[0023] The present invention further provides methods for preparing binding agents. In one embodiment of the invention, the method comprises: (a) panning a library of diverse molecules over a target non-biological substrate, whereby a first ligand that specifically binds a target non-biological substrate is identified; and (b) linking the first ligand to a second ligand, wherein the second ligand specifically binds a target biological substrate, whereby a binding agent is prepared. The method can further comprise panning a ligand over a target biological substrate, whereby a ligand that specifically binds a target biological substrate is identified.

[0024] In another embodiment of the invention, a method for preparing a binding agent comprises: (a) panning a library of diverse molecules over a target non-biological substrate, whereby a ligand that specifically binds a target non-biological substrate is identified; and (b) linking the ligand to a non-binding domain, wherein the non-binding domain shows substantially no binding to a target biological substrate, whereby a binding agent is prepared. The method can further comprise panning a ligand over a target biological substrate, whereby a non-binding domain that shows substantially no binding to a target biological substrate is identified.

[0025] Also provided are binding agents produced by the method. In one embodiment of the invention, a binding agent further comprises a linker that links the first ligand and the second ligand, or a linker that links the first ligand and non-binding domain.

[0026] In one embodiment of the invention, the first ligand comprises a peptide or single chain antibody that specifically binds a non-biological substrate. Representative plastic-binding ligands are set forth as SEQ ID NOs:1-23 and 66-71, and representative metal-binding ligands are set forth as SEQ ID NOs:24-36 and 51-65. In one embodiment, the second ligand or non-binding region comprises a peptide or single chain antibody.

[0027] Thus, the present invention also provides synthetic peptides comprising polystyrene-binding, polyurethane-binding, polycarbonate-binding, polyglycolic acid-binding, titanium-binding, stainless steel-binding ligands. In one embodiment, the synthetic ligands comprise less than about 20 amino acid residues. Representative polystyrene-binding peptide ligands are set forth as SEQ ID NOs:1-22, a representative polyurethane-binding ligand is set forth as SEQ ID NO:23, representative polycarbonate-binding ligands are set for as SEQ ID NOs:66-71, representative titanium-binding peptide ligands are set forth as SEQ ID NOs:24-36, and representative stainless steel-binding ligands are set forth as SEQ ID NOs:51-65.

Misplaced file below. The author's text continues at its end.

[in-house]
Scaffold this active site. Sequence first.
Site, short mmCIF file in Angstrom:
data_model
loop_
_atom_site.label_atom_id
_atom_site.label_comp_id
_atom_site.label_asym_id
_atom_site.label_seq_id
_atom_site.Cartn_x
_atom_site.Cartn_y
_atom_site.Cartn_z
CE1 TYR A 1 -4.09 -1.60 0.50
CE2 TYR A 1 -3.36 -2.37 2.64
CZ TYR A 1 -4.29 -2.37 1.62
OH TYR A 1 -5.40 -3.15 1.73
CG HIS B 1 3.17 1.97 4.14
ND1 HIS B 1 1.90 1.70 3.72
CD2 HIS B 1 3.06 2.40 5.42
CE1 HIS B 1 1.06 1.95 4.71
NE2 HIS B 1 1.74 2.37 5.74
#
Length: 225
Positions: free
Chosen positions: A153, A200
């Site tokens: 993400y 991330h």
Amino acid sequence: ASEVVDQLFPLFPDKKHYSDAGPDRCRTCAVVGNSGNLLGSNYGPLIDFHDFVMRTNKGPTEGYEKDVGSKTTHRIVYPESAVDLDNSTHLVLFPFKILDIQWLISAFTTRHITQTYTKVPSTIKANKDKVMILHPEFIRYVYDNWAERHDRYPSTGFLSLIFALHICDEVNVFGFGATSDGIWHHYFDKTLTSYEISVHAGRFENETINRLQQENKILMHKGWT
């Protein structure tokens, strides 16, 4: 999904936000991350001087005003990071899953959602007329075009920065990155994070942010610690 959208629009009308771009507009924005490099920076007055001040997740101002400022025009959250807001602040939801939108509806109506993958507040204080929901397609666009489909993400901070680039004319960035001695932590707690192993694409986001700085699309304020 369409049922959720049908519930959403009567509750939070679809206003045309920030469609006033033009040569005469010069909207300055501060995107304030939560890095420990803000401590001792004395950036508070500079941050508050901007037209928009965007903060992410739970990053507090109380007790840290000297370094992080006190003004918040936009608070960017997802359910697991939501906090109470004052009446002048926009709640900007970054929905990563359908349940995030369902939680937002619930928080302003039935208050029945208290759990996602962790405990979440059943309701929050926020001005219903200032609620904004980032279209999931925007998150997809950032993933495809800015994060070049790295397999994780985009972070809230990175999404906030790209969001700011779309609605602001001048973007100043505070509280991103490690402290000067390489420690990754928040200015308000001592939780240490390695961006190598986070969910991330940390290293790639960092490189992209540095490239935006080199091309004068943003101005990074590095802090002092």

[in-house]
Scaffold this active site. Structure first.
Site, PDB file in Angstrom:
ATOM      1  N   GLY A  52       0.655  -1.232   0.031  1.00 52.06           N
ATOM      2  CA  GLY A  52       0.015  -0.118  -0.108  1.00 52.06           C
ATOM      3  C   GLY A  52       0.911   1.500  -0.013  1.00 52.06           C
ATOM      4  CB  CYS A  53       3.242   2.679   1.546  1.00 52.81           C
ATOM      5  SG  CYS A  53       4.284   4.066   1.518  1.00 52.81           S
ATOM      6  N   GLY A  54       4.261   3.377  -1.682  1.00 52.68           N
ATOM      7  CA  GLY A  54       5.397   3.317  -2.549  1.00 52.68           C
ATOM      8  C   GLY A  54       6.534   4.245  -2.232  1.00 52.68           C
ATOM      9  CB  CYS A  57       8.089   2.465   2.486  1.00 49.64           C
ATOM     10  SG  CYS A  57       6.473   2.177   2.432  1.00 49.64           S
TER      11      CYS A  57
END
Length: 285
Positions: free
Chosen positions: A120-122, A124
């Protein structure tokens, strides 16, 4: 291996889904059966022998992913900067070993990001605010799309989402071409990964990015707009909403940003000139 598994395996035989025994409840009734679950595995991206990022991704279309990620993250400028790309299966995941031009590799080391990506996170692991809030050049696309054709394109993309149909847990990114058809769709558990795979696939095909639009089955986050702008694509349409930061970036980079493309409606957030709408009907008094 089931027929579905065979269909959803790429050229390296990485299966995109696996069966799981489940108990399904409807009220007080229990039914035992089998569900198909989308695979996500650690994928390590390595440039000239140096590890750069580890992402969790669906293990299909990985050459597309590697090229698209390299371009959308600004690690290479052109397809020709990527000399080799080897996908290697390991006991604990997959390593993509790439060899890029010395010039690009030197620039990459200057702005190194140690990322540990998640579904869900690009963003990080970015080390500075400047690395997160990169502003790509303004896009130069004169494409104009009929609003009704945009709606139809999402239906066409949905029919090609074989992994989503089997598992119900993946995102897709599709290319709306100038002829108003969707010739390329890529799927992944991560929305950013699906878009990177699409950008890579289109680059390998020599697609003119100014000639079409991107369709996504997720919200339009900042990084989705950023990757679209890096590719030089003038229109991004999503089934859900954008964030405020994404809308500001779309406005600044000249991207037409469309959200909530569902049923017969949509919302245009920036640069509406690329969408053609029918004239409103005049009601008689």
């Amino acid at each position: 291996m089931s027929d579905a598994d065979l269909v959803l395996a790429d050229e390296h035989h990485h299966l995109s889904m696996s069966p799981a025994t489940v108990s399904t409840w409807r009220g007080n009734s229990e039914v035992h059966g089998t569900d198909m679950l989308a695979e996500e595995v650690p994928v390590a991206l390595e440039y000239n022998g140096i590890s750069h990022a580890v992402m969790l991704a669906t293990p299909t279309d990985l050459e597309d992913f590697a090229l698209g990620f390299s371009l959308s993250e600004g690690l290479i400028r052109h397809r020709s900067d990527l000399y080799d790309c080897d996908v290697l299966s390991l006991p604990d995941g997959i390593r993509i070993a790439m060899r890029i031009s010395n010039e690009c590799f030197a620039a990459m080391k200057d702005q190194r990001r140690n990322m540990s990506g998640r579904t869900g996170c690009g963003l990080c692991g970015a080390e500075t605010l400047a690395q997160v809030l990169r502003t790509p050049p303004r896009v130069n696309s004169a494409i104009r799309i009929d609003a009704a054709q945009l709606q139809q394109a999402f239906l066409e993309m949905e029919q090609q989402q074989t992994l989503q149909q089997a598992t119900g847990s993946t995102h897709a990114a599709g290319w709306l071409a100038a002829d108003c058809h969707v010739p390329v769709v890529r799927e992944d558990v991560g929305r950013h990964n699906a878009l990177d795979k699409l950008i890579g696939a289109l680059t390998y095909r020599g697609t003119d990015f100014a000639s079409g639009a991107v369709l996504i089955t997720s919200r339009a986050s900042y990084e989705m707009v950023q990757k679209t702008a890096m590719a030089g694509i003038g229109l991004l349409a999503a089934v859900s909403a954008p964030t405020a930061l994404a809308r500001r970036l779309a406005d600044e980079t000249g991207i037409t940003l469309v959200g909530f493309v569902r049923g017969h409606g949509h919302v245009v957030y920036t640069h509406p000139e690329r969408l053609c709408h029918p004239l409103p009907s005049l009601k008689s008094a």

[0028] The present invention further provides representative methods for using an interfacial biomaterial, including, but not limited to a method for cell culture, a method for implanting a device in a subject, a method for modulating an activity of a biological substrate, a method for preparing a non-fouling coating, a method for drug delivery, and a method for screening for screening a test substance for interaction with a biological substrate.

[0029] A method for cell culture, in accordance with the present invention, can comprise: (a) applying to a non-biological substrate a plurality of binding agents, wherein each of the plurality of binding agents comprises a first ligand that specifically binds the non-biological substrate and a second ligand that specifically binds cells, macromolecules or a combination thereof, wherein the applying is free of coupling; (b) contacting the non-biological substrate, wherein the plurality of binding agents are bound to the non-biological substrate, with cells; (c) allowing a time sufficient for binding of the cells to the plurality of binding agents; and (d) culturing the cells.